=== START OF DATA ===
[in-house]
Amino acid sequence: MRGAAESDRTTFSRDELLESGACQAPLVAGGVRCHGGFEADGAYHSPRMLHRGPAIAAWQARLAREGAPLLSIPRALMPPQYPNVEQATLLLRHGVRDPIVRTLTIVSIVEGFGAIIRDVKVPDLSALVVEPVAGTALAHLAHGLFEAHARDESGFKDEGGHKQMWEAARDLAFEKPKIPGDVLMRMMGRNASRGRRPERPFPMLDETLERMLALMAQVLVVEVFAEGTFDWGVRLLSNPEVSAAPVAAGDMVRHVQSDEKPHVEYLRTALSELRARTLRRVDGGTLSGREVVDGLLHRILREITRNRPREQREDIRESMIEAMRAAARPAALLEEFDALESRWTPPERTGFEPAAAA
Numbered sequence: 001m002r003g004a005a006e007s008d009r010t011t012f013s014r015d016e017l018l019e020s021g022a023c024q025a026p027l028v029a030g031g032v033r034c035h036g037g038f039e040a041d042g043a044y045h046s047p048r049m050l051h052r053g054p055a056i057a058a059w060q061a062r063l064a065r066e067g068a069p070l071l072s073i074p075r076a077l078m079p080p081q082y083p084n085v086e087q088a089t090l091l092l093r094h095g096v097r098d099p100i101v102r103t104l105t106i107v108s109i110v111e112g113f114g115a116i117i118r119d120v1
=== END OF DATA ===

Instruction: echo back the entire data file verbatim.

[in-house]
Amino acid sequence: MRGAAESDRTTFSRDELLESGACQAPLVAGGVRCHGGFEADGAYHSPRMLHRGPAIAAWQARLAREGAPLLSIPRALMPPQYPNVEQATLLLRHGVRDPIVRTLTIVSIVEGFGAIIRDVKVPDLSALVVEPVAGTALAHLAHGLFEAHARDESGFKDEGGHKQMWEAARDLAFEKPKIPGDVLMRMMGRNASRGRRPERPFPMLDETLERMLALMAQVLVVEVFAEGTFDWGVRLLSNPEVSAAPVAAGDMVRHVQSDEKPHVEYLRTALSELRARTLRRVDGGTLSGREVVDGLLHRILREITRNRPREQREDIRESMIEAMRAAARPAALLEEFDALESRWTPPERTGFEPAAAA
Numbered sequence: 001m002r003g004a005a006e007s008d009r010t011t012f013s014r015d016e017l018l019e020s021g022a023c024q025a026p027l028v029a030g031g032v033r034c035h036g037g038f039e040a041d042g043a044y045h046s047p048r049m050l051h052r053g054p055a056i057a058a059w060q061a062r063l064a065r066e067g068a069p070l071l072s073i074p075r076a077l078m079p080p081q082y083p084n085v086e087q088a089t090l091l092l093r094h095g096v097r098d099p100i101v102r103t104l105t106i107v108s109i110v111e112g113f114g115a116i117i118r119d120v1